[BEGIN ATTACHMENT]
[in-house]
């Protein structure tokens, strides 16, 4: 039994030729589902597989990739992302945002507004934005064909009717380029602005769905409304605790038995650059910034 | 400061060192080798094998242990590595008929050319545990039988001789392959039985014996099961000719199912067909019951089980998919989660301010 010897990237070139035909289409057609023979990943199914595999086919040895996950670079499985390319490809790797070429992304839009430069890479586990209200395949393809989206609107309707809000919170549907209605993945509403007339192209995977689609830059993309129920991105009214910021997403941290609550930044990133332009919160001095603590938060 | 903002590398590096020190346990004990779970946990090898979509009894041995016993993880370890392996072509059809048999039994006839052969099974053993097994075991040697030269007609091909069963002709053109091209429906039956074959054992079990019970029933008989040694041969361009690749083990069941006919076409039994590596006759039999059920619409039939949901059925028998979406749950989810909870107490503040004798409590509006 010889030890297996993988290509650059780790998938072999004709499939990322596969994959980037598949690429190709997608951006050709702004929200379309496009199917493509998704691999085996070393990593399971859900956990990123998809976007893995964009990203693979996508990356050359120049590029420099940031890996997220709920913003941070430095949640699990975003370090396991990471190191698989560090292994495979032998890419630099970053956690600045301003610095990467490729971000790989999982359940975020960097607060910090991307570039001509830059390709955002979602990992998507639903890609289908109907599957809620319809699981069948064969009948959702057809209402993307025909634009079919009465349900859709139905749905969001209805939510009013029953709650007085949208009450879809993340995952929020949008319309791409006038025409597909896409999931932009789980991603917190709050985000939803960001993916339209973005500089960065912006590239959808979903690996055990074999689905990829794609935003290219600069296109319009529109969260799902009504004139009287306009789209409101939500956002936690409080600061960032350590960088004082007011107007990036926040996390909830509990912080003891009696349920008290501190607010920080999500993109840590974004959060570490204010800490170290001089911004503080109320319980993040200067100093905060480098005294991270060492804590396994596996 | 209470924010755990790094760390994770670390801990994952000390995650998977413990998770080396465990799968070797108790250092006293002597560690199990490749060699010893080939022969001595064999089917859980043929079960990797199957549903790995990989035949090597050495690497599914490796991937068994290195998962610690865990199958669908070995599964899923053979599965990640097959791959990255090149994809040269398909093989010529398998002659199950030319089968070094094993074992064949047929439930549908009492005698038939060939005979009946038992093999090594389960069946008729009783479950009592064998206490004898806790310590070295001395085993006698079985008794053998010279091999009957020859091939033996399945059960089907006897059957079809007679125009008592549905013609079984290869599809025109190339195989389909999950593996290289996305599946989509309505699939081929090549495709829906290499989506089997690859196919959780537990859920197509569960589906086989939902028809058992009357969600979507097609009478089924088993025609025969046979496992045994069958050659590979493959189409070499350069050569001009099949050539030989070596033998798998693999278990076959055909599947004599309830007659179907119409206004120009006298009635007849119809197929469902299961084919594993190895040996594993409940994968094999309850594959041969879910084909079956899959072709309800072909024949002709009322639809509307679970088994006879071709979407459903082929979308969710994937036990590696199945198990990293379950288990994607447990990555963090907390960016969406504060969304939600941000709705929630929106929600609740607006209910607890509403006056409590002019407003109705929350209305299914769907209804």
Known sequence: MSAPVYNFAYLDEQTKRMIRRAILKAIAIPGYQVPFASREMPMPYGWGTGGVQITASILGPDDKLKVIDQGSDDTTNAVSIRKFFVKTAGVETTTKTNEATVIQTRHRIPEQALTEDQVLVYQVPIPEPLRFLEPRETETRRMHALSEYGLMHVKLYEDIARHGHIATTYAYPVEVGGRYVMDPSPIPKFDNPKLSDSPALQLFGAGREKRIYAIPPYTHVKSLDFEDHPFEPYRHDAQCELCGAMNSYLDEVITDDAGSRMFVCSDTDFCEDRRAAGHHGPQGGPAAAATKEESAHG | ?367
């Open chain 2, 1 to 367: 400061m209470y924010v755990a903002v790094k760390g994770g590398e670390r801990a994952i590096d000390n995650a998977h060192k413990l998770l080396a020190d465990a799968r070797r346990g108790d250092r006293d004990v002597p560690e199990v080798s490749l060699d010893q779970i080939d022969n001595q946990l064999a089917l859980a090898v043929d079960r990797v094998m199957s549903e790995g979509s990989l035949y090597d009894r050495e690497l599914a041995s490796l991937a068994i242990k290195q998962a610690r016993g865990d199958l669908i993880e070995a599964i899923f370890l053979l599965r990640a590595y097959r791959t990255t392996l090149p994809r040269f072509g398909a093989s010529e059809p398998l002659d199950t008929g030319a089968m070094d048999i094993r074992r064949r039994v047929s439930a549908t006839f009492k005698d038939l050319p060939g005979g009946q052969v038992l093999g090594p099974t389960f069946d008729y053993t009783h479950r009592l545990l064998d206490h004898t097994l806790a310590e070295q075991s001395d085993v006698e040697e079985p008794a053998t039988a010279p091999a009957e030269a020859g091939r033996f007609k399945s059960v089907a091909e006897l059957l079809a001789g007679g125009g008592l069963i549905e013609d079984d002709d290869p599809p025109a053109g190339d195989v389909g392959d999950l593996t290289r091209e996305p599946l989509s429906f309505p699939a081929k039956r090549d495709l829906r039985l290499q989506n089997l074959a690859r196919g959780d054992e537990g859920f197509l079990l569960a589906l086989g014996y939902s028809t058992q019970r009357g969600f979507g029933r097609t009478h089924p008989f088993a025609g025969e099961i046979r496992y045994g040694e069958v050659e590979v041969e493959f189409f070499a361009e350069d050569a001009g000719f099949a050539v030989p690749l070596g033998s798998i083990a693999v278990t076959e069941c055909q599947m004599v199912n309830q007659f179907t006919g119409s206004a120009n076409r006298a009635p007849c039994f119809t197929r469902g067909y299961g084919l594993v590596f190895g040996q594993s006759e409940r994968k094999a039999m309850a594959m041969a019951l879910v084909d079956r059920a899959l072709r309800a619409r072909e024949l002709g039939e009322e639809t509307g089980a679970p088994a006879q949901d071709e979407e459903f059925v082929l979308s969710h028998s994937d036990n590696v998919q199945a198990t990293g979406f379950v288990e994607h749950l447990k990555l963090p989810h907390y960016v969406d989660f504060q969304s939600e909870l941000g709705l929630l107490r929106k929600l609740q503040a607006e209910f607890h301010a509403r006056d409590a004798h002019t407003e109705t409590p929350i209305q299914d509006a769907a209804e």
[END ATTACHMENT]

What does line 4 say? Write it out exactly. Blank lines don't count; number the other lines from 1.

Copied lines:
């Open chain 2, 1 to 367: 400061m209470y924010v755990a903002v790094k760390g994770g590398e670390r801990a994952i590096d000390n995650a998977h060192k413990l998770l080396a020190d465990a799968r070797r346990g108790d250092r006293d004990v002597p560690e199990v080798s490749l060699d010893q779970i080939d022969n001595q946990l064999a089917l859980a090898v043929d079960r990797v094998m199957s549903e790995g979509s990989l035949y090597d009894r050495e690497l599914a041995s490796l991937a068994i242990k290195q998962a610690r016993g865990d199958l669908i993880e070995a599964i899923f370890l053979l599965r990640a590595y097959r791959t990255t392996l090149p994809r040269f072509g398909a093989s010529e059809p398998l002659d199950t008929g030319a089968m070094d048999i094993r074992r064949r039994v047929s439930a549908t006839f009492k005698d038939l050319p060939g005979g009946q052969v038992l093999g090594p099974t389960f069946d008729y053993t009783h479950r009592l545990l064998d206490h004898t097994l806790a310590e070295q075991s001395d085993v006698e040697e079985p008794a053998t039988a010279p091999a009957e030269a020859g091939r033996f007609k399945s059960v089907a091909e006897l059957l079809a001789g007679g125009g008592l069963i549905e013609d079984d002709d290869p599809p025109a053109g190339d195989v389909g392959d999950l593996t290289r091209e996305p599946l989509s429906f309505p699939a081929k039956r090549d495709l829906r039985l290499q989506n089997l074959a690859r196919g959780d054992e537990g859920f197509l079990l569960a589906l086989g014996y939902s028809t058992q019970r009357g969600f979507g029933r097609t009478h089924p008989f088993a025609g025969e099961i046979r496992y045994g040694e069958v050659e590979v041969e493959f189409f070499a361009e350069d050569a001009g000719f099949a050539v030989p690749l070596g033998s798998i083990a693999v278990t076959e069941c055909q599947m004599v199912n309830q007659f179907t006919g119409s206004a120009n076409r006298a009635p007849c039994f119809t197929r469902g067909y299961g084919l594993v590596f190895g040996q594993s006759e409940r994968k094999a039999m309850a594959m041969a019951l879910v084909d079956r059920a899959l072709r309800a619409r072909e024949l002709g039939e009322e639809t509307g089980a679970p088994a006879q949901d071709e979407e459903f059925v082929l979308s969710h028998s994937d036990n590696v998919q199945a198990t990293g979406f379950v288990e994607h749950l447990k990555l963090p989810h907390y960016v969406d989660f504060q969304s939600e909870l941000g709705l929630l107490r929106k929600l609740q503040a607006e209910f607890h301010a509403r006056d409590a004798h002019t407003e109705t409590p929350i209305q299914d509006a769907a209804e």